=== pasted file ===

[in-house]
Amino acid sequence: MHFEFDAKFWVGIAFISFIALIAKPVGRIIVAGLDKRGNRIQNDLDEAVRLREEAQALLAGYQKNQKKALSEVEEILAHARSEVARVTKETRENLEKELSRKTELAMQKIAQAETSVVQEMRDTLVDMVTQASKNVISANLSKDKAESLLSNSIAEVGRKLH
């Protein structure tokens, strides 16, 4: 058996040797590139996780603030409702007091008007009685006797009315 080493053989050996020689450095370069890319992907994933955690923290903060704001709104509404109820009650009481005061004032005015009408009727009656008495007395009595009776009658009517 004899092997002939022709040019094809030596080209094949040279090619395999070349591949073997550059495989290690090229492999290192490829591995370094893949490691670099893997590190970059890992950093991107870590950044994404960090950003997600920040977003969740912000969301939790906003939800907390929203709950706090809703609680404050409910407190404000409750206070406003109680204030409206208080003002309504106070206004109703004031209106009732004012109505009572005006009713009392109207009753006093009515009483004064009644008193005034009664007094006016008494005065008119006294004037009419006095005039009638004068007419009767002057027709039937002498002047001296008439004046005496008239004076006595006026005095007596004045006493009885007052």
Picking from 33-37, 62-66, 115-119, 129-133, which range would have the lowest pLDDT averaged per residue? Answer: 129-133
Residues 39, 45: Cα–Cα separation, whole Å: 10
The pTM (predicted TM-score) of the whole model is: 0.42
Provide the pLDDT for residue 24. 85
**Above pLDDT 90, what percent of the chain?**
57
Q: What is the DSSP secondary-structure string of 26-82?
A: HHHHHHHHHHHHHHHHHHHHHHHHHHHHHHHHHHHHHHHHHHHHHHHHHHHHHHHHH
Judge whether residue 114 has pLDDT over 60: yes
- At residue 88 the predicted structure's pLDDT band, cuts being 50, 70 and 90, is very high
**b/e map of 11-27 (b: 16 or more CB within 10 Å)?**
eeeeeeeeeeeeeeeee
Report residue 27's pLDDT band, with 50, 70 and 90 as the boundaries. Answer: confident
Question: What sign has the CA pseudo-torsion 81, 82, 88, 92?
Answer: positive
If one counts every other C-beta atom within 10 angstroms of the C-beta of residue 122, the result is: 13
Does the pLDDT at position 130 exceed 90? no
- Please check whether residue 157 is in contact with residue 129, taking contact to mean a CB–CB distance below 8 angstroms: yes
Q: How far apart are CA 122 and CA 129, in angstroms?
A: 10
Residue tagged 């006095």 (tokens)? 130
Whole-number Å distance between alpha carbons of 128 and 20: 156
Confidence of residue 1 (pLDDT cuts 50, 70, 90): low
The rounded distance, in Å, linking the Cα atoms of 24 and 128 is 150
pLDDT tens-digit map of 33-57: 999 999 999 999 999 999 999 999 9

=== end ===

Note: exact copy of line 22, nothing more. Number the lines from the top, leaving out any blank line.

Q: How far apart are CA 122 and CA 129, in angstroms?